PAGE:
FARGO — It's a family photo none of them ever expected to take.

But at a ceremony Thursday, Nov. 14, Amanda, Skyler and Chase Monson received the prestigious F-M Ambulance Citizens Lifesaving Award for saving their father from sudden cardiac arrest.

Last month, Greg Monson was watching Thursday night football when his life changed forever. The 59-year old says he does not even remember hitting the floor. His sons were home at the time but on different floors.

"I just stood up to grab a glass of water and that was it," he recalled. "I had no symptoms, no signs and that is the scary part of the whole thing."

Chase said he and his brother heard a “big bang,” and then rushed to their dad's side to immediately start performing CPR.

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"We didn't even have a chance to think we were doing it on our dad," Chase remembers.

The brothers learned the life-saving technique this summer at their lake house, sacrificing a fun day in the sun to learn more about what their older sister does as a traveling nurse. That day, she spent hours with her brothers going through a CPR course.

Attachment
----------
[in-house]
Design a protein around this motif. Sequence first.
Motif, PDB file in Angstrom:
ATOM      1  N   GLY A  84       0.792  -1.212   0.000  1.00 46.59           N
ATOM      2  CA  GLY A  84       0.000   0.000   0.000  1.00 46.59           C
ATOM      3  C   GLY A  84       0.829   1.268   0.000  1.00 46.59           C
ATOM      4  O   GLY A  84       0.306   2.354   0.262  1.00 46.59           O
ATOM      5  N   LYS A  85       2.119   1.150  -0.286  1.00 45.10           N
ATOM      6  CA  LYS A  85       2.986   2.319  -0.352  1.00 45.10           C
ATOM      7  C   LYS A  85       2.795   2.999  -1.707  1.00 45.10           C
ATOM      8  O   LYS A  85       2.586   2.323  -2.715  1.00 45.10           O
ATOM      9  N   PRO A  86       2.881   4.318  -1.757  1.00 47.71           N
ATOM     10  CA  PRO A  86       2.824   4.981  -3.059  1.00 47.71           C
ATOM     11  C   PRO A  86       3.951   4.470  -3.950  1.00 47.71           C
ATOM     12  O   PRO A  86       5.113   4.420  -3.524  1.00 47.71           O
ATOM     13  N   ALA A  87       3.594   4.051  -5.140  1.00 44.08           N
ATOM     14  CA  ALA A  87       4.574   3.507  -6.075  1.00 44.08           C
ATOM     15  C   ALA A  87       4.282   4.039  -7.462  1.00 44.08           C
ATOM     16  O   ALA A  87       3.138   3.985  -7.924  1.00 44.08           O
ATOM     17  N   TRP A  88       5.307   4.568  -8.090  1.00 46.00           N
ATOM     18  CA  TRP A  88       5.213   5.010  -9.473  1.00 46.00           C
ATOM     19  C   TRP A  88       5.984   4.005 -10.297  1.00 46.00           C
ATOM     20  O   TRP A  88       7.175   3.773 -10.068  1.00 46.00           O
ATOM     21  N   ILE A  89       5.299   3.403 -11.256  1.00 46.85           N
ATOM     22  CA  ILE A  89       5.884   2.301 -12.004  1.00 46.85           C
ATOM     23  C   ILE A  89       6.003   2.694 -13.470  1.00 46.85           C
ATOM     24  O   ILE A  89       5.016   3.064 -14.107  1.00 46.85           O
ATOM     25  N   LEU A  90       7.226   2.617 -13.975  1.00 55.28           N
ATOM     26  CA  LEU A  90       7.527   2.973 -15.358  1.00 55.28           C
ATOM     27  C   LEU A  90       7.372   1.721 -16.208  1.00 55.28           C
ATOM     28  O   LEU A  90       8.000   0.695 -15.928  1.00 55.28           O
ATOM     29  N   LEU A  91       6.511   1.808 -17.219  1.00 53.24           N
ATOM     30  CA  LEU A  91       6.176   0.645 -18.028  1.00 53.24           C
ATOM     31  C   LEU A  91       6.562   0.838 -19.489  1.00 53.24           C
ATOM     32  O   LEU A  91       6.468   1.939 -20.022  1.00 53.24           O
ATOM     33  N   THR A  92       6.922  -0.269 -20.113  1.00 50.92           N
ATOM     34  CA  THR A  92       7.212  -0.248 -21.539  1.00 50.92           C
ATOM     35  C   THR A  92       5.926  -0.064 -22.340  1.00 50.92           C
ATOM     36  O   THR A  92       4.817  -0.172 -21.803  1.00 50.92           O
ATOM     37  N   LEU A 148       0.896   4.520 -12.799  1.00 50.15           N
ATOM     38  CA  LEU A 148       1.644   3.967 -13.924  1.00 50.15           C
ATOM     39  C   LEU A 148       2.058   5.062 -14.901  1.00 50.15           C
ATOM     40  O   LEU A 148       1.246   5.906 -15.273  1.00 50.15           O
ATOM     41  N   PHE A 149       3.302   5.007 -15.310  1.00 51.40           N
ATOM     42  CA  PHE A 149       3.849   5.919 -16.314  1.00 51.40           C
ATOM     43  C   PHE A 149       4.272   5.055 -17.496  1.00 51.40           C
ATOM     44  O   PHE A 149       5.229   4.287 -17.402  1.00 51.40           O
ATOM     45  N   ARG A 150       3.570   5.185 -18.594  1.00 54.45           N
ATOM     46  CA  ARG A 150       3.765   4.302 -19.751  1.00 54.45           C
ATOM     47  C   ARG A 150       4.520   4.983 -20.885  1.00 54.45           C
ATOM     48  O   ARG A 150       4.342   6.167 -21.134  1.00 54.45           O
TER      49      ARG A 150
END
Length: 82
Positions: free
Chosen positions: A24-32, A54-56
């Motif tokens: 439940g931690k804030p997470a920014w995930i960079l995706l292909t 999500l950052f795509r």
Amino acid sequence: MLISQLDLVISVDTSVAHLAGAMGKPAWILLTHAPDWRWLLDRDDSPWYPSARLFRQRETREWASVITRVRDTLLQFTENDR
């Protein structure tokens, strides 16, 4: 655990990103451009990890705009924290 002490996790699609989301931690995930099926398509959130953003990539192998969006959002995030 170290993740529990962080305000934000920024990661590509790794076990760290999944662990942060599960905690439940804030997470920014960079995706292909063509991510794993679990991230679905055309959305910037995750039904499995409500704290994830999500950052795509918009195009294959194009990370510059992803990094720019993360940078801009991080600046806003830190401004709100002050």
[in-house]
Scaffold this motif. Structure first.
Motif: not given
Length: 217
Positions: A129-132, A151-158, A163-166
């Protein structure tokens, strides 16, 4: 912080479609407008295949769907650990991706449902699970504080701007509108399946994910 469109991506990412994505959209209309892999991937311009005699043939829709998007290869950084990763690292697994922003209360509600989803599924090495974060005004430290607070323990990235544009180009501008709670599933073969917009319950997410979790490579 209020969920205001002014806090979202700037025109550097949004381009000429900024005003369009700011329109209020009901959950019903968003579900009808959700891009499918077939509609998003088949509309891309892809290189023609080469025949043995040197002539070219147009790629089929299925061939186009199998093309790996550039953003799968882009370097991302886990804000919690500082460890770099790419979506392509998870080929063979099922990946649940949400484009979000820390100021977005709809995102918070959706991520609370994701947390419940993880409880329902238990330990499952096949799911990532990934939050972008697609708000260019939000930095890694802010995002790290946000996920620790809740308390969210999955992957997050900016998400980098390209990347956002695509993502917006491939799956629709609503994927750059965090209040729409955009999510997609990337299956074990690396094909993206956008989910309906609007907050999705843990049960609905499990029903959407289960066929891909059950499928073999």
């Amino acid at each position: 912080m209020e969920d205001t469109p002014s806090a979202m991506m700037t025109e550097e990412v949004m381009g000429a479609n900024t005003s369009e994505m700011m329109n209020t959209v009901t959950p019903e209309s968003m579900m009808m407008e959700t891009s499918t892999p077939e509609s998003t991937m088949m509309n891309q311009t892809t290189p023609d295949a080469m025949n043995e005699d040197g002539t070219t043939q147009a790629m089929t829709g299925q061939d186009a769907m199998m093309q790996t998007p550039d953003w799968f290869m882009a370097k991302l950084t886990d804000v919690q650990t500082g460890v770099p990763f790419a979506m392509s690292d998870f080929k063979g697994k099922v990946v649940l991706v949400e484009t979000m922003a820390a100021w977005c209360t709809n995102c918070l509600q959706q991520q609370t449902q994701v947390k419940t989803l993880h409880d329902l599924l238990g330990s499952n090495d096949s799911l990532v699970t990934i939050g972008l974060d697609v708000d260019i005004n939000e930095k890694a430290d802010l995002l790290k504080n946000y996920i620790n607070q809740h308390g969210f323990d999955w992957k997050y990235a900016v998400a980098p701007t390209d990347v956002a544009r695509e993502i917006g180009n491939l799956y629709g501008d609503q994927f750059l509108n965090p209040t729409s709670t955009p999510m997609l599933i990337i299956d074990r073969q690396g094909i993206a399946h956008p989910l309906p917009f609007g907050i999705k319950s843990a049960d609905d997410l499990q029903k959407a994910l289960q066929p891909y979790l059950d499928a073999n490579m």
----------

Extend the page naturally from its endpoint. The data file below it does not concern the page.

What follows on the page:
"I just thought it would be a good idea that they are well versed in case something happens," she said.

Amanda's advice for performing CPR is singing the song “Staying Alive” by the Bee Gees.

"When you are doing compressions you can sing that song to the beat," Chase explained.

Thanks to several minutes of CPR by Chase and Skyler, and a shock from a defibrillator by EMTs, their dad was conscious by the time he was put into the ambulance.

The brothers will never forget the words the doctor told them at the hospital: "You two saved your dad's life.”

“We were in disbelief," said Skyler.

"We never knew our dad was going to have a heart attack, and neither does anyone else," said Chase.

About 10% of people who go into cardiac arrest survive. FM Ambulance has kits you can borrow to learn CPR in just a matter of minutes, though becoming CPR certified requires a course that takes a few hours.